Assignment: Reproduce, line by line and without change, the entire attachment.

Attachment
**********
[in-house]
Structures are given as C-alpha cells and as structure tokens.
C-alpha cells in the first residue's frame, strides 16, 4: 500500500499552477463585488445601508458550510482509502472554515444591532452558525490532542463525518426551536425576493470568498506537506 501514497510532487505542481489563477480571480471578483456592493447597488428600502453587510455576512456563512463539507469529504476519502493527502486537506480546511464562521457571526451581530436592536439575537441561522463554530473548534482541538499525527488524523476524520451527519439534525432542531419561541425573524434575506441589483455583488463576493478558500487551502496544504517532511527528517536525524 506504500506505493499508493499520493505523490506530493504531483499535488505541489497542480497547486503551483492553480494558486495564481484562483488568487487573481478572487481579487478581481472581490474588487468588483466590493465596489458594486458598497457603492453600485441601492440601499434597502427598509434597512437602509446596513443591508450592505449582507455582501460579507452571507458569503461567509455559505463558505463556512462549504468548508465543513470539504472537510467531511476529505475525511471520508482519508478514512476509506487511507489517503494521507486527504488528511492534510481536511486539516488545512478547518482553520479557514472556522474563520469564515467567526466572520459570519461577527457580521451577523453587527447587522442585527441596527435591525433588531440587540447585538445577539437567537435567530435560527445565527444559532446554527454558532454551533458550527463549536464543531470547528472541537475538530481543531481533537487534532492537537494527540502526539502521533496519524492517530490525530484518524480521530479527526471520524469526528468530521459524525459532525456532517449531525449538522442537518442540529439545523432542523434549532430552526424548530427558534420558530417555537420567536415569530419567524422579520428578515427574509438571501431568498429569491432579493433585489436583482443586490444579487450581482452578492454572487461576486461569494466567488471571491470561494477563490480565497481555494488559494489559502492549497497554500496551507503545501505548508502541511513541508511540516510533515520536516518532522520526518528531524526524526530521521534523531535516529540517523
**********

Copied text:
[in-house]
Structures are given as C-alpha cells and as structure tokens.
C-alpha cells in the first residue's frame, strides 16, 4: 500500500499552477463585488445601508458550510482509502472554515444591532452558525490532542463525518426551536425576493470568498506537506 501514497510532487505542481489563477480571480471578483456592493447597488428600502453587510455576512456563512463539507469529504476519502493527502486537506480546511464562521457571526451581530436592536439575537441561522463554530473548534482541538499525527488524523476524520451527519439534525432542531419561541425573524434575506441589483455583488463576493478558500487551502496544504517532511527528517536525524 506504500506505493499508493499520493505523490506530493504531483499535488505541489497542480497547486503551483492553480494558486495564481484562483488568487487573481478572487481579487478581481472581490474588487468588483466590493465596489458594486458598497457603492453600485441601492440601499434597502427598509434597512437602509446596513443591508450592505449582507455582501460579507452571507458569503461567509455559505463558505463556512462549504468548508465543513470539504472537510467531511476529505475525511471520508482519508478514512476509506487511507489517503494521507486527504488528511492534510481536511486539516488545512478547518482553520479557514472556522474563520469564515467567526466572520459570519461577527457580521451577523453587527447587522442585527441596527435591525433588531440587540447585538445577539437567537435567530435560527445565527444559532446554527454558532454551533458550527463549536464543531470547528472541537475538530481543531481533537487534532492537537494527540502526539502521533496519524492517530490525530484518524480521530479527526471520524469526528468530521459524525459532525456532517449531525449538522442537518442540529439545523432542523434549532430552526424548530427558534420558530417555537420567536415569530419567524422579520428578515427574509438571501431568498429569491432579493433585489436583482443586490444579487450581482452578492454572487461576486461569494466567488471571491470561494477563490480565497481555494488559494489559502492549497497554500496551507503545501505548508502541511513541508511540516510533515520536516518532522520526518528531524526524526530521521534523531535516529540517523